Tackling fall armyworm to safeguard food security in Africa
The fall armyworm is devastating crops in Africa, and farmers are struggling to grow enough food to eat and sell.
“All along we have been lacking information to fight the armyworm.”
“My fellow [farmers] were crying because of this worm.”
“I have been struggling to kill [the armyworm] but without succeeding.”
More than 200 million people rely on maize as a staple crop in their diet in Africa, yet the presence of fall armyworm is threatening to destroy this vital food source with potential yield losses of up to 60%.
In 2017, CABI confirmed the spread of fall armyworm from the Americas to Africa. CABI has since confirmed that the pest is now a permanent agricultural challenge for over 30 African countries and could spread even further.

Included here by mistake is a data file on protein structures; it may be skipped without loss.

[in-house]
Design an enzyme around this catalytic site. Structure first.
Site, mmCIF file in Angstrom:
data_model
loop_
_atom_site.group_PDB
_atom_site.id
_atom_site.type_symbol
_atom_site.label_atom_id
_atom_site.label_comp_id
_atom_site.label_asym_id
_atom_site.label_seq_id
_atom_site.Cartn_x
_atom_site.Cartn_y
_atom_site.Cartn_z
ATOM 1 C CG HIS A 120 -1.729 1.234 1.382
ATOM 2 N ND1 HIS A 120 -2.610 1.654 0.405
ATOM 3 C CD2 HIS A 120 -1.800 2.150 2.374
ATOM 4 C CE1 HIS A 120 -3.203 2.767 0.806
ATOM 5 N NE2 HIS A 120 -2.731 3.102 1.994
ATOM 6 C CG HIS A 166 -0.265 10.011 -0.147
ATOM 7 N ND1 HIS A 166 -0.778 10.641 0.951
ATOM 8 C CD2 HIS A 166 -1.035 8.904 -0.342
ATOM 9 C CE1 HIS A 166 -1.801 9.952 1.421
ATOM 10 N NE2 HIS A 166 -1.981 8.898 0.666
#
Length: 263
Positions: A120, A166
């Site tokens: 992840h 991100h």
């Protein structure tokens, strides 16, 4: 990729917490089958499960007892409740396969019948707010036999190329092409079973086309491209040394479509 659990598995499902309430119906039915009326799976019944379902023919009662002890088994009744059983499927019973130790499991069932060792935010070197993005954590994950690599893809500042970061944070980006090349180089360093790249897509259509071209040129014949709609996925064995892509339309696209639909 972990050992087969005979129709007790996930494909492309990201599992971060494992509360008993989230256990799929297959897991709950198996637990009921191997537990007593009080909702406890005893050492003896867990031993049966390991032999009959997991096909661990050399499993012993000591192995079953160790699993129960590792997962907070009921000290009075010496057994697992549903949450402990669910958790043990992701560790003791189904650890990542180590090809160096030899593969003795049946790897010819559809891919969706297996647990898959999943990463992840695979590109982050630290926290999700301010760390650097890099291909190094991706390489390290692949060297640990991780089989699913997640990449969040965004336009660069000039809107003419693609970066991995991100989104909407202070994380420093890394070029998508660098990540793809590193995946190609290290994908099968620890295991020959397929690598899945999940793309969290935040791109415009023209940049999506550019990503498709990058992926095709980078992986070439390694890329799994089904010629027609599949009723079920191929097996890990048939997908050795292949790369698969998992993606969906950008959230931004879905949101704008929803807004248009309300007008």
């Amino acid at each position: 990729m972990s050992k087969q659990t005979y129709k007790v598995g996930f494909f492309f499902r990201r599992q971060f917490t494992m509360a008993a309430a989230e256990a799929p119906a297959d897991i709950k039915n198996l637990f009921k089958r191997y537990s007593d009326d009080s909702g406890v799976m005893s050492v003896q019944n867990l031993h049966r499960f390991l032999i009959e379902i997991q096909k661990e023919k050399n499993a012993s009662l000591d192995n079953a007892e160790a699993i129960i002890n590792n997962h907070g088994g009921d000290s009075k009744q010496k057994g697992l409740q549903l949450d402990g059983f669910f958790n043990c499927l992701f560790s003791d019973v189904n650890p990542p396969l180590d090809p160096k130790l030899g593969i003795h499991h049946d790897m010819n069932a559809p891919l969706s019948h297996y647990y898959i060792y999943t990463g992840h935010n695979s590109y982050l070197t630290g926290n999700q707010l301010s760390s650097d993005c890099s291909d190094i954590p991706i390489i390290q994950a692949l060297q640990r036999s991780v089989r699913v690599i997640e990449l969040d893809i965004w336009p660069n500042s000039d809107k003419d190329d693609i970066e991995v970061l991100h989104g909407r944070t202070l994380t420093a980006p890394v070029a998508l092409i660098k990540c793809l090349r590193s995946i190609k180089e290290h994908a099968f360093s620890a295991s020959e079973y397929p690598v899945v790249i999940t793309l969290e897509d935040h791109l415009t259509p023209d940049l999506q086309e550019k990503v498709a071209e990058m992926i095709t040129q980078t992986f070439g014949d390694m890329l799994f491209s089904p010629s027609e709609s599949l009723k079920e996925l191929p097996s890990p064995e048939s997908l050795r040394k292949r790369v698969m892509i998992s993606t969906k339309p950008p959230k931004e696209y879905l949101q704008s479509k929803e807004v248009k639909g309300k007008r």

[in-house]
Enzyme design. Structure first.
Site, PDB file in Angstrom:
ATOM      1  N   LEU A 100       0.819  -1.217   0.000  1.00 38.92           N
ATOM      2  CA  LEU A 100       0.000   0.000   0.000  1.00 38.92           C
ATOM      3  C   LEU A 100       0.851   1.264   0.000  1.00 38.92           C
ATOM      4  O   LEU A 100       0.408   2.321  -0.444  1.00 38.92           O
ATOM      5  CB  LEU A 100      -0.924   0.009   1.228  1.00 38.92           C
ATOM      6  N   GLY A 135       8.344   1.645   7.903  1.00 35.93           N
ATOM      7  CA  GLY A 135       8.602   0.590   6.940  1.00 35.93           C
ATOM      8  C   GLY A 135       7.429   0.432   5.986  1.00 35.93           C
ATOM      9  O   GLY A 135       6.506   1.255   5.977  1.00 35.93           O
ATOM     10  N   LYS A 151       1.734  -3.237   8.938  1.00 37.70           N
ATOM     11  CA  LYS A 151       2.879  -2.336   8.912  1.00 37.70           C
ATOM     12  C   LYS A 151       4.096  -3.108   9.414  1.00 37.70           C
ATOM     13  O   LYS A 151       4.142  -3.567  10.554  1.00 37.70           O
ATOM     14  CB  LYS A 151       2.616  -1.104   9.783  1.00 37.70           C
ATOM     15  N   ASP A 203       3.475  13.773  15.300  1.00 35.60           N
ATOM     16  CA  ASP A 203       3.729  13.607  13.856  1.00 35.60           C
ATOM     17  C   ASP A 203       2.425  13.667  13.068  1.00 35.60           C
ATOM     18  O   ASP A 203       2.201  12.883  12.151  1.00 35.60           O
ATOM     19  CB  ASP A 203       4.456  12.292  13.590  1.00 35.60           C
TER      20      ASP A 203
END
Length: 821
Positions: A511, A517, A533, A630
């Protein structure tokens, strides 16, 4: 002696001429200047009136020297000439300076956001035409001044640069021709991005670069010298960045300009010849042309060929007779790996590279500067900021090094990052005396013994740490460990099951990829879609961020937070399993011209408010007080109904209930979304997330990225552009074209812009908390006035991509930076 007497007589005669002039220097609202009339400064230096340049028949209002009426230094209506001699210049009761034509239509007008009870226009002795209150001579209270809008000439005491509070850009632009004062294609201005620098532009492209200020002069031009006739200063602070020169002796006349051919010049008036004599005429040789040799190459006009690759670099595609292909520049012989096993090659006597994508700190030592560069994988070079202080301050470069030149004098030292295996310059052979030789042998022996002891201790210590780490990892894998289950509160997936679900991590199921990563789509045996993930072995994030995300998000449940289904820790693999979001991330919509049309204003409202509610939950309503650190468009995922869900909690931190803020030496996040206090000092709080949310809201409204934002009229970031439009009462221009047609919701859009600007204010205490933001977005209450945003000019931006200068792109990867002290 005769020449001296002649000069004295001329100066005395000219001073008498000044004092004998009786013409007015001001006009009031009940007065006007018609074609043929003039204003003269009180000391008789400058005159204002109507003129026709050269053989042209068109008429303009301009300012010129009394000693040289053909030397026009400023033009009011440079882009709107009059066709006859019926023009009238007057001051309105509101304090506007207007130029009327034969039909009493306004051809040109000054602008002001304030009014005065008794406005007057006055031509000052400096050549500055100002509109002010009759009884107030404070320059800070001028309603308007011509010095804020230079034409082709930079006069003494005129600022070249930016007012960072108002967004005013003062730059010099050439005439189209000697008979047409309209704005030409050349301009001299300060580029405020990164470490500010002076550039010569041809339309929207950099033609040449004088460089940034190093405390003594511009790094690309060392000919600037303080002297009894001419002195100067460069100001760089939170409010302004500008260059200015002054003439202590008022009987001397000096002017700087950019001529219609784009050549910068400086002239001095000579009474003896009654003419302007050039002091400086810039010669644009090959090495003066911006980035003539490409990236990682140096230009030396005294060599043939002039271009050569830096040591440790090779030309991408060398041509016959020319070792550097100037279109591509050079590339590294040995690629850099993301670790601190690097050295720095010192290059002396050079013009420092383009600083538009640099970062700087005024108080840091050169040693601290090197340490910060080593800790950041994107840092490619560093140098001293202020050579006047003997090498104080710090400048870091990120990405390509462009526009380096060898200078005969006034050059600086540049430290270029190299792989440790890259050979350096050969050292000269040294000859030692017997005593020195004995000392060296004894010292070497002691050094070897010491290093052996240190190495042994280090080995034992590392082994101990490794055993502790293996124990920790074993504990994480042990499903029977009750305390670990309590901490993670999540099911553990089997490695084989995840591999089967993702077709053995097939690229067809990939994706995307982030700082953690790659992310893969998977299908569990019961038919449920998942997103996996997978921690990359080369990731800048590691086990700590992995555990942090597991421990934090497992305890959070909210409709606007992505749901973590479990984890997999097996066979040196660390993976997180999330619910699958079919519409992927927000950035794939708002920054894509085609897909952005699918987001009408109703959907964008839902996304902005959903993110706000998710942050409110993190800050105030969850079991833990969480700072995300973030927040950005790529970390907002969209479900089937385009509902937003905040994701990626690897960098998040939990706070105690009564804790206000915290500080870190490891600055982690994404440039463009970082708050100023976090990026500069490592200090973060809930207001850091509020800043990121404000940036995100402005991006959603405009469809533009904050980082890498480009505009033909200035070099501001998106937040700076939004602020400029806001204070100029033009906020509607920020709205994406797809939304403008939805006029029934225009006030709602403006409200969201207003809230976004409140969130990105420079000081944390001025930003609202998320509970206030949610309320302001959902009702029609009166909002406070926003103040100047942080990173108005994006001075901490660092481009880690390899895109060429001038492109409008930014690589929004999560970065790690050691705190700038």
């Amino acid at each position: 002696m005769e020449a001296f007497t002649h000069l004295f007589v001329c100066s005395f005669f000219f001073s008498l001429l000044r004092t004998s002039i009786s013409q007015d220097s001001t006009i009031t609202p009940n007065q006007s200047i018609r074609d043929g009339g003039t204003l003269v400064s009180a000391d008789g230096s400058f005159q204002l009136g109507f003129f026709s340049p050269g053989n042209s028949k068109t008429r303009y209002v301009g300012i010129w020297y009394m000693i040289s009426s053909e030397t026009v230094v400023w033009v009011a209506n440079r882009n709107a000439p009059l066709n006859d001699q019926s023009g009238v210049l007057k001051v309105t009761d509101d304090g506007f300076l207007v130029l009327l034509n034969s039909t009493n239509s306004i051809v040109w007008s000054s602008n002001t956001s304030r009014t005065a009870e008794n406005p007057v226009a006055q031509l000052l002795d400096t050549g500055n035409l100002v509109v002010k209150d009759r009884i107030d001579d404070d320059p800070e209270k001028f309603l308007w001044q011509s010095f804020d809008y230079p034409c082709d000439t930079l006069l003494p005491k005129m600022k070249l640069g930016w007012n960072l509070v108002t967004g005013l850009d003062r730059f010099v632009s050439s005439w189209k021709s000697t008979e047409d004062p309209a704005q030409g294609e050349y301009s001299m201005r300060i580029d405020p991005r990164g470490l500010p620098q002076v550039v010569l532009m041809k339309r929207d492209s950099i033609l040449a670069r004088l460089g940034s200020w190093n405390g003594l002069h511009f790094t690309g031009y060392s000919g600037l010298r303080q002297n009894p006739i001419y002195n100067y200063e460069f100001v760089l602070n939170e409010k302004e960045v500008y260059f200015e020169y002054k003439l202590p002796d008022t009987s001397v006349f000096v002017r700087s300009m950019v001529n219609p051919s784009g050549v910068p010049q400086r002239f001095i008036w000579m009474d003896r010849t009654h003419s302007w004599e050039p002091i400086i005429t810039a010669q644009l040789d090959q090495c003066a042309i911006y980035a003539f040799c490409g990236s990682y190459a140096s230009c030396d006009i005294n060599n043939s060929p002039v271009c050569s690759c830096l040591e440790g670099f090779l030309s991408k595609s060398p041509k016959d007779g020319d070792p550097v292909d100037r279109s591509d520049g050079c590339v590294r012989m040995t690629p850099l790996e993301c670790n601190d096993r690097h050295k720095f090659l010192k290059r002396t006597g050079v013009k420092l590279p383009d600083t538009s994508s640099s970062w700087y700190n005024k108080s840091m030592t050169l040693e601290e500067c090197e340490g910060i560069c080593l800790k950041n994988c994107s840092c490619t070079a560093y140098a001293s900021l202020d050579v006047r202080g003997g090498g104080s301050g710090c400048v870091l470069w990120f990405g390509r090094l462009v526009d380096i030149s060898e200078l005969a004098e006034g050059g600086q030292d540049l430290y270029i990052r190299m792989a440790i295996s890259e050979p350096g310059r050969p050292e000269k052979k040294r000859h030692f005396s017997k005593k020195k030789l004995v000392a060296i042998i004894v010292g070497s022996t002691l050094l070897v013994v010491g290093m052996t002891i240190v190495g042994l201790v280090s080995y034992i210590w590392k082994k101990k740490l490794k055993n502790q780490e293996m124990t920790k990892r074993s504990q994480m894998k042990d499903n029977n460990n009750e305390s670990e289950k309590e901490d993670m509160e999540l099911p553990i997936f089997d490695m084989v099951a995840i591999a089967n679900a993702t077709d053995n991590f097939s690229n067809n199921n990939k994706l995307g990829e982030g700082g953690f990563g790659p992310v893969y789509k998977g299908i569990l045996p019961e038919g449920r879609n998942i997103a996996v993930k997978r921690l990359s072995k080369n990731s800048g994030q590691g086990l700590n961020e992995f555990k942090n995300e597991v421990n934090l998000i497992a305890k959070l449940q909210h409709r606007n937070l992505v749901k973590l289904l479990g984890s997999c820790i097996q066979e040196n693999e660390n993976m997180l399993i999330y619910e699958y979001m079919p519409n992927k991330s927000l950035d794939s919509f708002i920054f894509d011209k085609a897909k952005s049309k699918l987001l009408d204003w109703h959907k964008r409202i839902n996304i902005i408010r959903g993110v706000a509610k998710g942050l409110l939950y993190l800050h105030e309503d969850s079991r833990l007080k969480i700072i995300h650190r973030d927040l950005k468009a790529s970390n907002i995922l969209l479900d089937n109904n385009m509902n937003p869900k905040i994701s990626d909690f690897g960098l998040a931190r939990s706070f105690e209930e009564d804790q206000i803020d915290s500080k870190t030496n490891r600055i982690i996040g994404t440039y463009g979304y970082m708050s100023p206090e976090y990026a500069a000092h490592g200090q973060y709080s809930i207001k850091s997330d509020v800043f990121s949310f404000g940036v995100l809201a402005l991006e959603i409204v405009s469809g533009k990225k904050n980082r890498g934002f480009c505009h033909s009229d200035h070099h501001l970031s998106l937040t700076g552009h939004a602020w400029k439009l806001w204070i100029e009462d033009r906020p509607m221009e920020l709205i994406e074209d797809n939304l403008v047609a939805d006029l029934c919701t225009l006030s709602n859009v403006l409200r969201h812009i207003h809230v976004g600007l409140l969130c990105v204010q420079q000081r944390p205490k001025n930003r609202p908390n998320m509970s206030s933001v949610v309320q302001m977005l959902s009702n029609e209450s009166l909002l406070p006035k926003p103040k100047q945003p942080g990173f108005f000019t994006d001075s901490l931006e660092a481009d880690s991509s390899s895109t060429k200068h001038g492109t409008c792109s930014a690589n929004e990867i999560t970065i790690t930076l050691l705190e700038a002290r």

CABI is working with governments in Africa, the Food and Agriculture Organization of the United Nations (FAO) and other public and private sector organisations to fight back against the threat of fall armyworm.
Farmers are seeing the benefits:
“This worm has disturbed me for a very long time. Through the radio programme on Radio Kitara … I have learned a lot, which I am going to put into practice so that I achieve more.
We have seen how to use the chemicals and which ones will help us to kill that worm. As of now, I have tried and things are working so I am very thankful for the radio programme and sponsors of that programme.”
Deo Mutekanyiza, Farmer, Labondo village, Uganda.
In 2017, Plantwise and CABI’s new Action on Invasives programme harnessed the potential of mass communication channels to reach those affected by the invasion of the fall armyworm which has been destroying maize crops across the African continent. Radio programmes, posters, fact sheets and social media messages have been supporting farmers with information on preventing, monitoring for and managing this new pest.
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